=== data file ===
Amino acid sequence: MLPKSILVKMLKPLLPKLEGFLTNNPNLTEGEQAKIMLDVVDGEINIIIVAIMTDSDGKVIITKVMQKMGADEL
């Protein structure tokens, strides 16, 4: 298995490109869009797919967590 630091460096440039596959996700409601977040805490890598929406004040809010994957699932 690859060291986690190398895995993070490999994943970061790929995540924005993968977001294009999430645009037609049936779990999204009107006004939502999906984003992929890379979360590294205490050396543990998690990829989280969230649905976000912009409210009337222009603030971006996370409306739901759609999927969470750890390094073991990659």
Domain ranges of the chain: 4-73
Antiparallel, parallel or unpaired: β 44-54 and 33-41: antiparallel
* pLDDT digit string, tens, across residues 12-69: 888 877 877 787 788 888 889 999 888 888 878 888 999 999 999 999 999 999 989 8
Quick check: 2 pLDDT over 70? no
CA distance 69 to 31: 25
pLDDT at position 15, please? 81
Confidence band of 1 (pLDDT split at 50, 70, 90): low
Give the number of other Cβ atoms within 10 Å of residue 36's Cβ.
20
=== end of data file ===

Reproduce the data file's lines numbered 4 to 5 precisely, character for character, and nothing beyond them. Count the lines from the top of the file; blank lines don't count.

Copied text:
Antiparallel, parallel or unpaired: β 44-54 and 33-41: antiparallel
* pLDDT digit string, tens, across residues 12-69: 888 877 877 787 788 888 889 999 888 888 878 888 999 999 999 999 999 999 989 8